According to NCHRP Report No. 290, Broms suggests
that the soil/reinforcement interface friction angle
should be reduced to a value less than the soil friction
angle if the silt or clay content of the soil is greater
than 10%. For this study, interface frictional
efficiencies were assumed, as discussed in more detail in
Chapter III.
2.4.3 Collin Method
Collin presents two design methods applicable to
this study in his doctoral dissertation entitled, "Earth
Wall Design," (Collin, 1986) Of the two methods used for
this study, one is for geotextiles and the other is for


26
geogrids. As with the other methods evaluated for this
study, both apply only for granular soils.
Collin's study included a somewhat more
comprehensive review of existing design methodologies than
was conducted for this study. His study also addressed
reinforcement types besides geosythetics, such as steel
strips and steel bar mats. He used finite element
analyses which utilized data obtained from three field
instrumented walls to develop recommended lateral earth
pressure distributions. Therefore, the lateral earth
pressure distributions account for the interaction between
soil and reinforcement at the working stresses within the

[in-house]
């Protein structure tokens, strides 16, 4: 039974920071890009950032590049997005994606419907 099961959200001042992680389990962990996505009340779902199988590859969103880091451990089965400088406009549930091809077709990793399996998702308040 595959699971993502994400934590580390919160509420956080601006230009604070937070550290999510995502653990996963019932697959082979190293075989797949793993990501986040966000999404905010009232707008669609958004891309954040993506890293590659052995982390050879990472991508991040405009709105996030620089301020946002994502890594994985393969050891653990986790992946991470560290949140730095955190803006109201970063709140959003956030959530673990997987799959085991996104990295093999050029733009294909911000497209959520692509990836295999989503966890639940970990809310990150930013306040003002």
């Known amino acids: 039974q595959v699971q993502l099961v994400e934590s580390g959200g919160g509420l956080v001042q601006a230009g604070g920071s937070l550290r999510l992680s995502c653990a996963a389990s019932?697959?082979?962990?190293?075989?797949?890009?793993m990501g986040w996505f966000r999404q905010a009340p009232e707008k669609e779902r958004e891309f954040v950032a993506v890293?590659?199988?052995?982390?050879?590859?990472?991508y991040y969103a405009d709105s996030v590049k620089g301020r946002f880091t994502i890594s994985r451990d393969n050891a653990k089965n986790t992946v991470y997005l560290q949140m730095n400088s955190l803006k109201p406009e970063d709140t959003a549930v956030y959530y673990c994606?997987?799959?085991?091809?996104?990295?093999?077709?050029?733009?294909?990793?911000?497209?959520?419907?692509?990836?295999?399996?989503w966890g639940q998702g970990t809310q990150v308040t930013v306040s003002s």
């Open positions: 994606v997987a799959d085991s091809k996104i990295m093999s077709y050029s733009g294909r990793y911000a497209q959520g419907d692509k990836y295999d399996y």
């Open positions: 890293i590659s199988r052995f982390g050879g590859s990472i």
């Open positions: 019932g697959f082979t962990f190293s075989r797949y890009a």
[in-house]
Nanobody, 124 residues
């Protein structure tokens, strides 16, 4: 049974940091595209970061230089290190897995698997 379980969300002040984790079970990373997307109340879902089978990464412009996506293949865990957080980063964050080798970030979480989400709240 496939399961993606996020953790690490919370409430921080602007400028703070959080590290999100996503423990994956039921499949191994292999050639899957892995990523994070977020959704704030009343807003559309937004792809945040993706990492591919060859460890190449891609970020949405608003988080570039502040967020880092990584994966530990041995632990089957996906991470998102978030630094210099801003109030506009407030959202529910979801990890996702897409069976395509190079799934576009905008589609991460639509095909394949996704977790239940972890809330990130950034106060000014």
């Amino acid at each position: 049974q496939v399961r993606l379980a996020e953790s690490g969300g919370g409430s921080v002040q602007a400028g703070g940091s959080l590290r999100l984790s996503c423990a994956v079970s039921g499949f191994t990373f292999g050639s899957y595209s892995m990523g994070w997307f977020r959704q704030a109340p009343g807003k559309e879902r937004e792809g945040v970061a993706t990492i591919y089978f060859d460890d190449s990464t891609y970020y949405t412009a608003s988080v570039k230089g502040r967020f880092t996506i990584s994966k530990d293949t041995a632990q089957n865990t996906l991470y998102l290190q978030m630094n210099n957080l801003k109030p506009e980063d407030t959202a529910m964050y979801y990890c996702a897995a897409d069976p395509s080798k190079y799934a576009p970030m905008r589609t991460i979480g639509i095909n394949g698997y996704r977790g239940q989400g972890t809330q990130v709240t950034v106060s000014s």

reinforced mass. With the exception of the lateral earth
pressure distribution, Collin's method for geotextile
reinforced walls is very similar to the Forest Service and
Bonaparte et al. methods. This procedure is summarized on
Figure 2.4. The lateral earth pressure distribution is a
result of the finite element analyses.
Collin's recommended lateral earth pressure
distribution and design method is somewhat different for
geogrid reinforced walls. This method, summarized on
Figure 2.5, accounts for the fraction of the grid surface
area which is solid and for passive earth pressure
resistance on the transverse grid members. For both the
geogrid and geotextile cases, a Rankine active failure
surface is assumed up from the base of the wall.


LATERAL PRESSURE DISTRIBUTION
COLLIN GEOTEXTILE METHOD
27
H(ft]
*
CTh(SIGMAh)= 15 H (psf)
INPUT PARAMETERS AND EQUATIONS
(PHIa)*= (2/3) $
1.5 a, H
n
L = ------------ (Base sliding, FS*1.5)
min y H tan t
T a
D = T / a.
max a h
D*= H/n, where n* integer value of H/D for D t D
max max
Zbot^= D n
Zmidj,* zm^= Zj-(Zj-
FH= CL D
h
Le^ L-(tan(A5*- <^/2)) (H z^)
P.= 2 Le. z. V tand>
x i i Ta
Pullout FS^ P /FT^
Figure 2.4- Summary of Lateral Pressure and
Input Parameters and Equations
for Collin Geotextile Method


28
LATERAL PRESSURE DISTRIBUTION
COLLIN GEOGRID METHOD
INPUT PARAMETERS AND EQUATIONS
<|> (PHIa) (2/3) (}>
n/ft= Number of transverse ribs per foot
(ALPHAs)* Fraction of grid surface area which is solid
2
A^= Transverse bearing area per rib per foot width (ft /ft)
y (mu) = tan a
N = Passive resistance anchorage factor
^ (given in tabular form as function of Zbot.= z.
l i
D.=Distance from midheight of ith layer of soil to i+lth
layer of soil (not z^- z. ^ as in other methods).
Program accounts for entire soil layer at top and bottom
Le^ L- (tan(45-*/2))(H- z)
As.= Reinforcement surface area" 2a Le,